Q&A With Perry Vasquez
San Diego interdisciplinary artist Perry Vásquez reflects on the California mythos with his series “Oasis”, a collection of artwork centered around a startling motif – palm trees on fire. We asked the artist a few questions to learn more about his inspiration, process, creative expression, and what he hopes for the future of his art.
Sparks: What inspires your work?
Vasquez: My work is inspired by my experiences, which come in two flavors. There are the experiences that I choose to have, like reading a book, having a conversation with a friend, walking on the beach, listening to a record, etc. And when I choose those experiences, I know what I’m looking for because I’m generating patterns that I’ve had in the past. Then there are the experiences that happen out of nowhere that I’m not expecting, and a lot of times those deliver gold as well. So, my work is inspired by the moments from all those experiences, and if I’m lucky I’m able to combine the insights from both of them into the creative process.
Sparks: Is there a message that you try to convey through your subject matter?
Vasquez: Individual artwork may have a specific message and even though I may consciously try to communicate that message, I feel that the viewer is always going to add elements of their own experience when they take something away from my paintings. So in terms of the palm tree paintings, one of the messages could be to question what our relationship is with nature at this time in the 21st century. In a larger sense, I am simply trying to create meaning out of the experiences that I have; that seems to be something that we all share as a species. We are constantly trying to make sense of the world around us and create meaning out of chaos and disorder. I think artists are, like everyone else, dealing with a chaotic world and then trying to distill out a message to play back to the world and they’re saying, “Here’s my message, do you get it? Does it align with your world? Does it make sense? Am I on the right track?”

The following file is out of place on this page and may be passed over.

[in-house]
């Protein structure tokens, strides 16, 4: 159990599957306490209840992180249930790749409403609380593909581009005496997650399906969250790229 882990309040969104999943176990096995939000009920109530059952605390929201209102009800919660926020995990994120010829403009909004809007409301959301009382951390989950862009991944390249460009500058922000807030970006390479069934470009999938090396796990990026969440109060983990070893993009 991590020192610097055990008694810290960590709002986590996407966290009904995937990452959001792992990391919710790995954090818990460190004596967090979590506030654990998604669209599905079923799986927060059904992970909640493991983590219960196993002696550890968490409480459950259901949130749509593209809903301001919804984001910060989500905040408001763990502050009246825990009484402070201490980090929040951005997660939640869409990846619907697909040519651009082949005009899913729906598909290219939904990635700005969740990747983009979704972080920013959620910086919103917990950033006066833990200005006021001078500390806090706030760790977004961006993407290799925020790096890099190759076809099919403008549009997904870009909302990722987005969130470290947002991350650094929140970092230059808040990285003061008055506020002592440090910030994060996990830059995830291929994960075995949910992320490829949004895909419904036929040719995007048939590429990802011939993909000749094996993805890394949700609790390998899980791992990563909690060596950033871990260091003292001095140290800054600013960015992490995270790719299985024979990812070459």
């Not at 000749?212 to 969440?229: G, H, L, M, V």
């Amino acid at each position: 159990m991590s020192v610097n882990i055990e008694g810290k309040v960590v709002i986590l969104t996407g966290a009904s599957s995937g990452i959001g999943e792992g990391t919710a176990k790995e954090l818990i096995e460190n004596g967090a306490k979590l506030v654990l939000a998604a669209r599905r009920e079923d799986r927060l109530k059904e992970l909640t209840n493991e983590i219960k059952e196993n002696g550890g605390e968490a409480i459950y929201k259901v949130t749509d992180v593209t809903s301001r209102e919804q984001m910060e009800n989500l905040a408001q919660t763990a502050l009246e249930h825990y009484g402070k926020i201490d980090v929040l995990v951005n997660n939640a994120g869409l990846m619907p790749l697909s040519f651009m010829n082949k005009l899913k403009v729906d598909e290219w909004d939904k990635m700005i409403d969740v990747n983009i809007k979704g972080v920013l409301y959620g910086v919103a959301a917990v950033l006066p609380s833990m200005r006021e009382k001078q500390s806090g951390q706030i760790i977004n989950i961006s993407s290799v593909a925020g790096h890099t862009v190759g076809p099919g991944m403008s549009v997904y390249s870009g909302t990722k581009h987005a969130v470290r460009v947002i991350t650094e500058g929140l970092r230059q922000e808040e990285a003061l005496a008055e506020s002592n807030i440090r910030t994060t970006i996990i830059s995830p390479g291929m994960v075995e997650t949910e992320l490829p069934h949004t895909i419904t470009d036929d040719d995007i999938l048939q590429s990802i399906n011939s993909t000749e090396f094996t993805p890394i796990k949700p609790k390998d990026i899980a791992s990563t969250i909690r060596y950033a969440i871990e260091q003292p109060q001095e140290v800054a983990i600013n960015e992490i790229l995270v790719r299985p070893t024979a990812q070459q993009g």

Currently, I am using a nontraditional method, which is the use of heat transfer paper. It’s nontraditional in the art world in the sense that if you go down to an art supply store you may not be able to find that material. But it’s a common material that you can get in other places like office supply stores. I’m combining that with traditional oil painting techniques, referring to a process whereby my image goes through two stages: the first stage is to create an underpainting and the second stage is to create an overpainting. That is a very traditional way to create an oil painting.
Sparks: How do you see your artwork transitioning over time and down the line?
Vasquez: I see it expanding outwards because that sounds like growth. And occasionally I look back at where I’ve been and incorporate that into the present…I like the idea that through repetition, you retain a lot of things from one piece to the other. But when you sustain repetition, change does sneak in but very marginally, and gradually over time you see that change play out (but it may not be obvious at the moment). But I think this is a very organic way to develop change, and I would like to do that; whether or not I’m able to is another question though.